According to the FAA, my flight instructor, and FAR Part 61.56, I completed my Flight Review early last month. That means I can “act as pilot in command of an aircraft” for the next 24 months.
Ryan, my instructor, and I flew an Aviat Husky for the flight portion of the Flight Review. What a kick that was. The Cub I usually fly is wonderful, but has only 75 hp up front. The Husky has 180.
So on the windy day we flew, the short field takeoff and landing performance was a thrill.
And since I didn’t break anything, I’m legal to fly as PIC. I can even take passengers with me, if I choose.
While I feel comfortable with the idea of hopping in the J-3 and cruising over the countryside for 30 to 45 minutes, it is something else entirely to take along a passenger.
Sadly, I don’t log as much flight time as I’d like. So while I do OK at maintaining my currency, my proficiency seems to be in a steady state of “getting there.”
When I do plan to take along a passenger, I make it my practice to go practice. By myself.
Mostly slow flight (which I know is redundant in a Cub) and pattern work. You know, basic control of the aircraft from start to finish.
Because the J-3 is such a relatively simple aircraft to operate, system-wise, proficiency is a bit lower of a hurdle compared to a Beech Baron or Cirrus SR-22.
The dictionary defines proficient as “well versed in any business, art, science, or branch of learning; skilled; qualified; competent: as, a proficient architect.” Or pilot in my case.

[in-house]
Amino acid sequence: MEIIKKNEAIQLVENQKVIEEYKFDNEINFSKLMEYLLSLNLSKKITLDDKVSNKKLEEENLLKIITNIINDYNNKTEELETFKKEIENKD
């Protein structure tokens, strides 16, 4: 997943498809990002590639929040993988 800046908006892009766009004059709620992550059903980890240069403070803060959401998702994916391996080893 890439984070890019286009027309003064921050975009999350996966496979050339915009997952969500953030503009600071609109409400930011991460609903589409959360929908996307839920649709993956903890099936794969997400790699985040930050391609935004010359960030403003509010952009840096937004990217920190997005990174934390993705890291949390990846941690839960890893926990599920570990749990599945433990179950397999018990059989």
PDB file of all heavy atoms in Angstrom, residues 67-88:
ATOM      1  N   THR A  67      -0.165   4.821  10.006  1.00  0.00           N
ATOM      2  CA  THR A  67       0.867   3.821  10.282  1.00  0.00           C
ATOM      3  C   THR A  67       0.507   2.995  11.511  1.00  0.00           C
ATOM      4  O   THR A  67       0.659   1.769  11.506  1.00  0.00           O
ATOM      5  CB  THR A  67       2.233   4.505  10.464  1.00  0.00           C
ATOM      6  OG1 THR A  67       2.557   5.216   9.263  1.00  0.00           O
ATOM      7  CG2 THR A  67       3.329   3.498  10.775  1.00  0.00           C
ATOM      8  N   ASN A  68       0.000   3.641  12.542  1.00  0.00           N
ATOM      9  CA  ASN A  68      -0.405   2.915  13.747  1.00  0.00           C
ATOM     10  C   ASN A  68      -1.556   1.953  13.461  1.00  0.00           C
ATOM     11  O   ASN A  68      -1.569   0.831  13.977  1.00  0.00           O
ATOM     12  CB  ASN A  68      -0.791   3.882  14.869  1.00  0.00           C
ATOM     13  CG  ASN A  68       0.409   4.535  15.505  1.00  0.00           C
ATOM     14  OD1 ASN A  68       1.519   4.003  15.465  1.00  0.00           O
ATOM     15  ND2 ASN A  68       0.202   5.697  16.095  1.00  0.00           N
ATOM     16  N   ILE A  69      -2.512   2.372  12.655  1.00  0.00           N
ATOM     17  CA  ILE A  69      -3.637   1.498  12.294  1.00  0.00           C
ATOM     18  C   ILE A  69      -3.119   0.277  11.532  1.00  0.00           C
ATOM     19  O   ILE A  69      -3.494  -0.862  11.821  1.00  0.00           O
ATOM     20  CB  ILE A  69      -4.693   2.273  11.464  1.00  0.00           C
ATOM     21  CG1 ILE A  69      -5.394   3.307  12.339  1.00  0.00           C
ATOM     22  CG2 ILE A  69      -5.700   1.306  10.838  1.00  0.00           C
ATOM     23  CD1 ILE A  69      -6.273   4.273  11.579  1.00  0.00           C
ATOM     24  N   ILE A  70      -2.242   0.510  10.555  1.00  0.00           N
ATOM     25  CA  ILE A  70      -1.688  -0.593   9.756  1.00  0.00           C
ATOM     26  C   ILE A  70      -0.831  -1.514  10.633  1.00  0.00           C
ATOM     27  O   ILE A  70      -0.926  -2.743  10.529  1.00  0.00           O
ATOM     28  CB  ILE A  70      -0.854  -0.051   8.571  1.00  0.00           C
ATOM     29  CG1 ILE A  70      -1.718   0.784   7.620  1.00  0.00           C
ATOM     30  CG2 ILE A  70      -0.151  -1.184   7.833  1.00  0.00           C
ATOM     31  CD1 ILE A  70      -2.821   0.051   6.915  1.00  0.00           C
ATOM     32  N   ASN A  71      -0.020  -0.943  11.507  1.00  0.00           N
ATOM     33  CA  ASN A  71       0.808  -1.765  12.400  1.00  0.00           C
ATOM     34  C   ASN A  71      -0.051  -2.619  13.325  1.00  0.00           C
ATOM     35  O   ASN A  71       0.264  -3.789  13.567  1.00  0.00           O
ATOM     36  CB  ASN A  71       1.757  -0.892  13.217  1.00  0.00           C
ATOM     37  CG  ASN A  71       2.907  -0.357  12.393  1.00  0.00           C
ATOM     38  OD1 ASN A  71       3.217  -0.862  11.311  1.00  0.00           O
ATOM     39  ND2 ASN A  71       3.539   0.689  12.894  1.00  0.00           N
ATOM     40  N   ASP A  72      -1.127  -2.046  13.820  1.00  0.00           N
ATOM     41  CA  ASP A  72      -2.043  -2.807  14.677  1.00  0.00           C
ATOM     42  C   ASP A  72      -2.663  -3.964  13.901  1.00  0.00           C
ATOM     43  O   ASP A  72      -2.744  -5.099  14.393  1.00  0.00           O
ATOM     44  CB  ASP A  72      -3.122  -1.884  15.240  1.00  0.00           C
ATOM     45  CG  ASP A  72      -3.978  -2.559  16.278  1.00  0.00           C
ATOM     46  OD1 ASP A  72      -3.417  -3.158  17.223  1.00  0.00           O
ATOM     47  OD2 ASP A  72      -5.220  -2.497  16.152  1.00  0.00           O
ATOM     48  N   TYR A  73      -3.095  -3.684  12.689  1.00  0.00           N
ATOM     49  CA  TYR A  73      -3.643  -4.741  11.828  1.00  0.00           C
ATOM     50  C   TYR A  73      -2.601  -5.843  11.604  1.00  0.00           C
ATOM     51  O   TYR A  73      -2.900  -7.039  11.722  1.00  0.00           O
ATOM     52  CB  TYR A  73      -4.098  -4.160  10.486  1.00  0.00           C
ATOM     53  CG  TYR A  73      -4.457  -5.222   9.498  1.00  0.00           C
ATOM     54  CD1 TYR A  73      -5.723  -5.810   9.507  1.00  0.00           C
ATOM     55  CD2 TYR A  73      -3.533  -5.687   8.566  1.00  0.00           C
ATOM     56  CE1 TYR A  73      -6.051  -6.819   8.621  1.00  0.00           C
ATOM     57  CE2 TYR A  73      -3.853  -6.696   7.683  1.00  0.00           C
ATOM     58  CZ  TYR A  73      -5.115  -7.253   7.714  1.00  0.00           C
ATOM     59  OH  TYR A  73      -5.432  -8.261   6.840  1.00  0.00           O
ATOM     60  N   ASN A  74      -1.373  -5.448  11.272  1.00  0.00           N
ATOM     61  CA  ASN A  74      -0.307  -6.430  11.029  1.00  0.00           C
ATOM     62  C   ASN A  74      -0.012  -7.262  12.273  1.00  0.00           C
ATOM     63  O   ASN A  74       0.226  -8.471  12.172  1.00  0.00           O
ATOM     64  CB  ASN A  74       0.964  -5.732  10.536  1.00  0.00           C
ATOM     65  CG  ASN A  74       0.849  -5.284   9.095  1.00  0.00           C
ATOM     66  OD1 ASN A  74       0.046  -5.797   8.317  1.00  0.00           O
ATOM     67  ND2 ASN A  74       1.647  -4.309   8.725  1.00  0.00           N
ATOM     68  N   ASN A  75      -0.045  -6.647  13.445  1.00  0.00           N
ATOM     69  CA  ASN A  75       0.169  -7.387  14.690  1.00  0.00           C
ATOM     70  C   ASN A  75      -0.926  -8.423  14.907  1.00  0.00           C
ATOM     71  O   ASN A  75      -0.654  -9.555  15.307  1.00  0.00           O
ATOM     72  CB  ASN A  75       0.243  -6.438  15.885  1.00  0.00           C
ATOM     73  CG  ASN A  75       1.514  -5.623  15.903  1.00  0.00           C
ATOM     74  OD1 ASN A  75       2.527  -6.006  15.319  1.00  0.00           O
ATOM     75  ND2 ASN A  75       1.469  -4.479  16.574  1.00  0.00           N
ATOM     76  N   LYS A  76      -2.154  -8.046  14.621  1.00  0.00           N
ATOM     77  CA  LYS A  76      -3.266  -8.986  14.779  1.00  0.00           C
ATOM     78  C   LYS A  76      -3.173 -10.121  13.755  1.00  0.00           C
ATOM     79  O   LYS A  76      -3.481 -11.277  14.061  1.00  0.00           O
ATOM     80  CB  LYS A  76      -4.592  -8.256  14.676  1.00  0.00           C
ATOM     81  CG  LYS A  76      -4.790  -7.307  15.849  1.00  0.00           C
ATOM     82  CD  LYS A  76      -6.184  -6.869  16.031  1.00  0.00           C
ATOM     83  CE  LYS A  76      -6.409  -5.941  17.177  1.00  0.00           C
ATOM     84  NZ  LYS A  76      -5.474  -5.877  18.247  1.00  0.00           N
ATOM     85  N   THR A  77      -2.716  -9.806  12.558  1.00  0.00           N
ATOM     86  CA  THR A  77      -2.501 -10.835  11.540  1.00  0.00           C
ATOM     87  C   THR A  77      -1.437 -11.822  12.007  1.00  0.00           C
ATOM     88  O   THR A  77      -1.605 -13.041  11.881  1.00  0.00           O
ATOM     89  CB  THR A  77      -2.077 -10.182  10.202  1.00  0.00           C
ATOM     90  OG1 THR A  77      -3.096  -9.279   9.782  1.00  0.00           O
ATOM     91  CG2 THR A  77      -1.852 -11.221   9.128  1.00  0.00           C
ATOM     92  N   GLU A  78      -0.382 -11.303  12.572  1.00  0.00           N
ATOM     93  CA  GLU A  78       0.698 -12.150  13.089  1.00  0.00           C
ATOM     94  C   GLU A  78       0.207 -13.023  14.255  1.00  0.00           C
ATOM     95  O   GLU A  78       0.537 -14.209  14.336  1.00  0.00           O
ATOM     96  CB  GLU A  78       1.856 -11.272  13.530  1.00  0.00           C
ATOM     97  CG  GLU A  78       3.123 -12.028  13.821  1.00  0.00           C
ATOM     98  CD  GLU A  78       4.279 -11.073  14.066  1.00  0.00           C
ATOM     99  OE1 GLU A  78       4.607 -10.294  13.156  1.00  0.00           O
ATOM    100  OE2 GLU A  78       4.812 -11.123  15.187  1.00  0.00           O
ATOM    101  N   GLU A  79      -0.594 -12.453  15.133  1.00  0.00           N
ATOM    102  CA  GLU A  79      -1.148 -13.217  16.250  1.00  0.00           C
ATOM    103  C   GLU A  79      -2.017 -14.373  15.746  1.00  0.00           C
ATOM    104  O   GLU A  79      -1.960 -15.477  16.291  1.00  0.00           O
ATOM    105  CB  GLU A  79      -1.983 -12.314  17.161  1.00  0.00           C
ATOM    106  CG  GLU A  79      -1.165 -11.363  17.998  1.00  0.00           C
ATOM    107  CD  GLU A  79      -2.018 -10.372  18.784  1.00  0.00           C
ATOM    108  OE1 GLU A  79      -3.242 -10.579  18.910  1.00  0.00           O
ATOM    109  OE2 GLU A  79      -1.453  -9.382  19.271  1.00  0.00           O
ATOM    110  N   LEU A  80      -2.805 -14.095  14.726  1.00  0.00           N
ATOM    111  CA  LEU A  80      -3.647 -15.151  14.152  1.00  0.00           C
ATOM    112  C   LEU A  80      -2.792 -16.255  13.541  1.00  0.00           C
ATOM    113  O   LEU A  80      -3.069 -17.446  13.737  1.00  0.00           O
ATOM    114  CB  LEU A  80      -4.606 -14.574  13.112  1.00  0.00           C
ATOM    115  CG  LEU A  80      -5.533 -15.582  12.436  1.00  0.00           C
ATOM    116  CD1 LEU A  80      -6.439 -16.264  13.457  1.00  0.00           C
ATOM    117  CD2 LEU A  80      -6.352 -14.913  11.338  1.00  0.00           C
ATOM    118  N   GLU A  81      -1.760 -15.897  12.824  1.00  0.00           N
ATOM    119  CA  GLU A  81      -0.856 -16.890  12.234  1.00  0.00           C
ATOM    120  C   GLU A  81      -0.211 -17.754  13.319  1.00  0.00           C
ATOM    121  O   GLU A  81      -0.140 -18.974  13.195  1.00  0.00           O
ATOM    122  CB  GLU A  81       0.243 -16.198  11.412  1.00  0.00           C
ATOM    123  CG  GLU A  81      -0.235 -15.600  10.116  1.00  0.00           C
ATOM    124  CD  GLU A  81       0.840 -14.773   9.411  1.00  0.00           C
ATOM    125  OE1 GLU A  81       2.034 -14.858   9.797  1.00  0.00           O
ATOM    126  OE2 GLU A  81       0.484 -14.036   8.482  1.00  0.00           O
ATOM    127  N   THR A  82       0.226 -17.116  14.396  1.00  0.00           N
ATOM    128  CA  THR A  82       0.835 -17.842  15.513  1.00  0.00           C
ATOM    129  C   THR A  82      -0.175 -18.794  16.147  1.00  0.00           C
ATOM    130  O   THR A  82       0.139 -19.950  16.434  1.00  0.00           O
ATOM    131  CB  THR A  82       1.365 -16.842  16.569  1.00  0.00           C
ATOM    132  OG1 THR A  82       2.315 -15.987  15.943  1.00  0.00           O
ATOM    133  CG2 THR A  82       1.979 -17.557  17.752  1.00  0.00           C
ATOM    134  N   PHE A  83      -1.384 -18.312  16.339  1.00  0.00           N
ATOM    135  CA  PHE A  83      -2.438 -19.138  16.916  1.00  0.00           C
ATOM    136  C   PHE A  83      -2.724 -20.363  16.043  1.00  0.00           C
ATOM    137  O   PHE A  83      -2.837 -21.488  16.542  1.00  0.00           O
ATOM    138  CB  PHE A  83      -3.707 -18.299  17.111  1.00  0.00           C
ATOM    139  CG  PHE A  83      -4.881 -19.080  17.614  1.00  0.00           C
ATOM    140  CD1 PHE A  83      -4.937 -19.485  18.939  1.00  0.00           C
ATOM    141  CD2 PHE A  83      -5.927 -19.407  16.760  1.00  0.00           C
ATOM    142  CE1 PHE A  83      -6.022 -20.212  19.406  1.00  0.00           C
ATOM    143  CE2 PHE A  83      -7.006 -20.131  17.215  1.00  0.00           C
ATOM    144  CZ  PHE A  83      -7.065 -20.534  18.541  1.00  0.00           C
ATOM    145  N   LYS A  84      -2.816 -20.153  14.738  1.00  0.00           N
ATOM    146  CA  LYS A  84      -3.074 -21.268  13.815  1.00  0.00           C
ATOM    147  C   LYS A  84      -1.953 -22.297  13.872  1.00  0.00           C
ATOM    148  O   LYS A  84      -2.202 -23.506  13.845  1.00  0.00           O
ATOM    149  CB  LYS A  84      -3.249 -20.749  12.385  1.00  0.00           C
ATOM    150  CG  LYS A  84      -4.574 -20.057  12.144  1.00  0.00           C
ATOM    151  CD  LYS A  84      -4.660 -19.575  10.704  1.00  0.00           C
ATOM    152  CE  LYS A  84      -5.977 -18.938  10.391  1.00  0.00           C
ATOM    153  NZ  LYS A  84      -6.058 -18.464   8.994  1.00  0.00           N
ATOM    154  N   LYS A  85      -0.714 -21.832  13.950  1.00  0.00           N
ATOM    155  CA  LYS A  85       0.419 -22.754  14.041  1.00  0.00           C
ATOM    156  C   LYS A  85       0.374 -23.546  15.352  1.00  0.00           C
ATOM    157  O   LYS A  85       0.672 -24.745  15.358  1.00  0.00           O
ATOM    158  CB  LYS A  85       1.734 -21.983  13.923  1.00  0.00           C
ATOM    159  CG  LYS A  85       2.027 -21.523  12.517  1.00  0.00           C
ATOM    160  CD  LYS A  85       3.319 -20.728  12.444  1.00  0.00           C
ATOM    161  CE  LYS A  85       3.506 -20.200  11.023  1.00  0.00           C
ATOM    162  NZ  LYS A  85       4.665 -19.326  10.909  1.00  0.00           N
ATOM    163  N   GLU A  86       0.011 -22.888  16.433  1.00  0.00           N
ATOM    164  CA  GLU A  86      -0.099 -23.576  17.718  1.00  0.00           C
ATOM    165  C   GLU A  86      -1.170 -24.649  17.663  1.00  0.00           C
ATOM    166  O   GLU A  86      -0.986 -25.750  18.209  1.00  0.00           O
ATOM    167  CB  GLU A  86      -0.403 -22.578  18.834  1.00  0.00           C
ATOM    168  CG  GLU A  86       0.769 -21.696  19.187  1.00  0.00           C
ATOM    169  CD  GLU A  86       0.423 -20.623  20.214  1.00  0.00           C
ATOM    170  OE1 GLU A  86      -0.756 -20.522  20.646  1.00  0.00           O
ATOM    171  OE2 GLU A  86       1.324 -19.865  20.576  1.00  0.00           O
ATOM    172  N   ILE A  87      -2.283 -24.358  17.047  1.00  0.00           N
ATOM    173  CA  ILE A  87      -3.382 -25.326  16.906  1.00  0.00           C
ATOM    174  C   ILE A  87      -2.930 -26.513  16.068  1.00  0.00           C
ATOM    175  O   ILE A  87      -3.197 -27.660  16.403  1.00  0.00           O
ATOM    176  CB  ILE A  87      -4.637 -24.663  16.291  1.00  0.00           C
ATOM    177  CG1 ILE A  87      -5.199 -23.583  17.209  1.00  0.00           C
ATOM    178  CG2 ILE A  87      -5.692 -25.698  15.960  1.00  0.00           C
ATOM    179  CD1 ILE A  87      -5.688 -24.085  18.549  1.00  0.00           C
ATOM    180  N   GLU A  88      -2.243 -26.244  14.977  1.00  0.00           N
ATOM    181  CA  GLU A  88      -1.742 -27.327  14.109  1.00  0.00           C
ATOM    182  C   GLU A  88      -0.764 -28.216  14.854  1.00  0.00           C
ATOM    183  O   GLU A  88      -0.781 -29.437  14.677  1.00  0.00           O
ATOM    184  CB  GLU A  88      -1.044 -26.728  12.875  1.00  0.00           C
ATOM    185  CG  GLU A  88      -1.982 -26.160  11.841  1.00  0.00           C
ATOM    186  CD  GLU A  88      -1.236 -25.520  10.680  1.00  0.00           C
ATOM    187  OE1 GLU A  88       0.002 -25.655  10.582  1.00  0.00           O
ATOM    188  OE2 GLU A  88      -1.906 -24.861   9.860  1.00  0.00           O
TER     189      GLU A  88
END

The Learning Line
Now that I think about it, in the lower grades of the school my kids attend, they use the concept of a “learning line.” The four steps along the learning line are:
Too often, while at the novice stage, students think, “I’m not any good at this.” The idea behind the learning line concept is to encourage an alternative mindset. One that changes the mental attitude from “I can’t do this” to “I’m still learning this.”
Students aren’t “bad” or “not good” at something, we’re merely a novice on the learning line. The more we work and study anything, the further along the learning line we should move.
Because you can doesn’t mean you should
So, back to flying.
As I wrote, I believe the J-3 to be a relatively simple plane to fly. It helps that the ultralight I started flying when I was 13 was a taildragger. The next airplane in line for me was a J-3 Cub. So I’ve always had a healthy respect for taildraggers.
If I were to rate myself, for the J-3, I’d put myself between apprentice and practitioner (maybe a little closer to practitioner). Maybe I should ask my instructor his opinion.
However, if I was looking to fly either a Cirrus SR-22T or Baron, without hesitation, I’d select novice.
I have a few hundred hours in a Baron. But the last time I flew one was 20 years ago.
With some dedicated study, I believe I could move along the learning line rather quickly. But today, without that study or instruction, no way would I take the controls as PIC.
I don’t care what the regulations say I can do. My certificate includes “Airplane Multiengine Land.” And my Flight Review in an Aviat Husky qualifies me to fly anything in all categories and classes of aircraft on my pilot certificate.
However, I also know what I shouldn’t do.
And that, to me, is the proper attitude of a pilot in command.